For more, visit


For more news and information about the FCC please visit

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New flexibility for states to improve Medicaid and implement innovative practices

New rules will make Medicaid more flexible and efficient, helping states provide better care and lower costs

The U.S. Department of Health and Human Services (HHS) today announced four initiatives to give states more flexibility to adopt innovative new practices and provide better, more coordinated care for people with Medicaid and Medicare while helping reduce costs for states and families. The initiatives support the Obama administration’s work to make Medicaid more flexible and efficient and to address long-term cost growth. Several of the announcements also help implement provisions of the Affordable Care Act. Today HHS announced:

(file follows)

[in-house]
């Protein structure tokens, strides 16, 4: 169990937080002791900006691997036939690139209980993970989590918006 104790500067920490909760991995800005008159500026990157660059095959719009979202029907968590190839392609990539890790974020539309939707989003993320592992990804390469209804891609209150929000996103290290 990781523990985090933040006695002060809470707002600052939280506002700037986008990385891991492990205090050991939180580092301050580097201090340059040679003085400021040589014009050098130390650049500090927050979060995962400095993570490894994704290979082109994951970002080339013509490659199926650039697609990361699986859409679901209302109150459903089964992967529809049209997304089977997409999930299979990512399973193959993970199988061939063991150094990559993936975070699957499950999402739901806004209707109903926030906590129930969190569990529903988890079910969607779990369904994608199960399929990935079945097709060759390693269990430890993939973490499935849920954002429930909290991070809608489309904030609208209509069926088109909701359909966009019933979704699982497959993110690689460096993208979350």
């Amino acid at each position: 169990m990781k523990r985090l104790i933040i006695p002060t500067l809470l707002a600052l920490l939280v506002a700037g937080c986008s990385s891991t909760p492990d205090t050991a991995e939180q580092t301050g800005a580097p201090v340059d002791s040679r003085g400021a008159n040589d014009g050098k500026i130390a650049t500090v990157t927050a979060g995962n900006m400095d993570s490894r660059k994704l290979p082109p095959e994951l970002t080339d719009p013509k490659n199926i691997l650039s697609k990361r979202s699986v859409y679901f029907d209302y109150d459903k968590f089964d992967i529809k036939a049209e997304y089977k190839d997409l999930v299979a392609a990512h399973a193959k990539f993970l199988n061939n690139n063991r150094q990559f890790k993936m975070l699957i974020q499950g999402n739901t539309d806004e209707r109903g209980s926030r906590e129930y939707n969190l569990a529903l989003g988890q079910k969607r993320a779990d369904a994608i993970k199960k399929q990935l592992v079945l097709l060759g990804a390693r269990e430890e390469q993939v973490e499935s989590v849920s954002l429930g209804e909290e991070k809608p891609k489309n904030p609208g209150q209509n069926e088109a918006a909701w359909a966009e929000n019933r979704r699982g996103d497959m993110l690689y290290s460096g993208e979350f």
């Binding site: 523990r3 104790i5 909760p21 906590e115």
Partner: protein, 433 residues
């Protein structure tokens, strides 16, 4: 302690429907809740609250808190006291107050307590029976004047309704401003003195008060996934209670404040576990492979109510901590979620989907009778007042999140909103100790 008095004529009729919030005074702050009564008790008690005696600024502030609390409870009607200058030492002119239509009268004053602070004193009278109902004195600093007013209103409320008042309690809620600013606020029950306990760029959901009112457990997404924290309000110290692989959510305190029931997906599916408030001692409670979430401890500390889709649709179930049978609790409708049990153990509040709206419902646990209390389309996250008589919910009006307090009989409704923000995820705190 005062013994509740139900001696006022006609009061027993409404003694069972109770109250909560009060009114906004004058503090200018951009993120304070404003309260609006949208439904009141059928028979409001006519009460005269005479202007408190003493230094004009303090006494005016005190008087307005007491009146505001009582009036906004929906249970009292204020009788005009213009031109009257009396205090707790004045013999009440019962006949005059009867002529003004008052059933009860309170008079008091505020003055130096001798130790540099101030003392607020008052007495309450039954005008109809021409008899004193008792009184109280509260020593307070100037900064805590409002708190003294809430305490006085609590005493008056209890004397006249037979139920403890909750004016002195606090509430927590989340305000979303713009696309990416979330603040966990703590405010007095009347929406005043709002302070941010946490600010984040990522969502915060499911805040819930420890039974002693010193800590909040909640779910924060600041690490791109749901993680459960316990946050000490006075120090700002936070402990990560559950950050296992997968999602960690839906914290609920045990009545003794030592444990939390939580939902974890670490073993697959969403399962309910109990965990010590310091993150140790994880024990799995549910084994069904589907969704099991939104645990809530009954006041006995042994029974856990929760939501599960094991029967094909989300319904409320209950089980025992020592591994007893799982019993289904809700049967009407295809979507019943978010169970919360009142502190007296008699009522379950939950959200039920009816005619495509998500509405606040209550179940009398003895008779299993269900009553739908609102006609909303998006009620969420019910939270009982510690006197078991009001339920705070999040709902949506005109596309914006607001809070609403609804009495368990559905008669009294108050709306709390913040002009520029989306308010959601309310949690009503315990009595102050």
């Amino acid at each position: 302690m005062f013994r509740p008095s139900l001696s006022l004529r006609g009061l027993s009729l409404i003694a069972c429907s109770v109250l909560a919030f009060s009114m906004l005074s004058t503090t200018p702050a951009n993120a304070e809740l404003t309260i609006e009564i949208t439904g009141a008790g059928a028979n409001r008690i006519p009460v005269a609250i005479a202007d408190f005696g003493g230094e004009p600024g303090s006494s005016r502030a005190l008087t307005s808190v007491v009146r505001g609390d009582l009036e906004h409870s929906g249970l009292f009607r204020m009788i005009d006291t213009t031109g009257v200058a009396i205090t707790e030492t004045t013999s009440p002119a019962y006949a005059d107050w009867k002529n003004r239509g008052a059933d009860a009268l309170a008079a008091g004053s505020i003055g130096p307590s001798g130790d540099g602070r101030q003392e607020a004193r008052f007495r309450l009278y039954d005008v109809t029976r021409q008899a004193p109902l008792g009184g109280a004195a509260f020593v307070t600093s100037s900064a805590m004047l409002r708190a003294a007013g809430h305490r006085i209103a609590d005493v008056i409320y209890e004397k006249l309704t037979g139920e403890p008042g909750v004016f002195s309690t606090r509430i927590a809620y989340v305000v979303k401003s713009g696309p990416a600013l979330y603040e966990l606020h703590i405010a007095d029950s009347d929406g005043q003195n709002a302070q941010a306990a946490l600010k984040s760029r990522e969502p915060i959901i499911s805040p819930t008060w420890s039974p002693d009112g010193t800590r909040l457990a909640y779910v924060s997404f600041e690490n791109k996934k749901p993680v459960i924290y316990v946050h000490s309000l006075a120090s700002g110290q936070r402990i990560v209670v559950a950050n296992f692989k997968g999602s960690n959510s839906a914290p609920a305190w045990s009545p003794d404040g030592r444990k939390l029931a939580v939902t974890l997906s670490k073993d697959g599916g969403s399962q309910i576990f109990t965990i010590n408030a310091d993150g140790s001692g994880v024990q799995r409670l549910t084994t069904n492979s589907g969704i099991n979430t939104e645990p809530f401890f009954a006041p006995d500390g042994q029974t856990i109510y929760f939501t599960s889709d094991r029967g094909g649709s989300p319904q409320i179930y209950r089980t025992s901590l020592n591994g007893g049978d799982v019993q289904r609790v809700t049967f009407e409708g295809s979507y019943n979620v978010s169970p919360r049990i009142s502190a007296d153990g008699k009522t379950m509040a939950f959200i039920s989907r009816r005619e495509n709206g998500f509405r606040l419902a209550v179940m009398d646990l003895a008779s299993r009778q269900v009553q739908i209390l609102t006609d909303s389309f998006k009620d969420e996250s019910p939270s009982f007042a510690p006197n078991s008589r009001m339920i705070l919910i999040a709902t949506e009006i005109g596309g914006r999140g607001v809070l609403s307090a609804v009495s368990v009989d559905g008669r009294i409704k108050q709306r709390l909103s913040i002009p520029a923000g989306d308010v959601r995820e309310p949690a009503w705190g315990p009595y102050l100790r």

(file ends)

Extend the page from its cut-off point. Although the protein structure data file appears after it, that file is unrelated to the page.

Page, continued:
* Fifteen states will receive federal funding to develop better ways to coordinate care for people with Medicare and Medicaid coverage, also known as dual eligibles, who often have complex and costly health care needs.
* All states will receive increased flexibility to provide home and community-based services for more people living with disabilities.
* All states are eligible to receive more money to develop simpler and more efficient information technology (IT) systems to modernize Medicaid enrollment.
* A proposal by the state of New Jersey for flexibility to expand health coverage for nearly 70,000 low-income residents has been approved.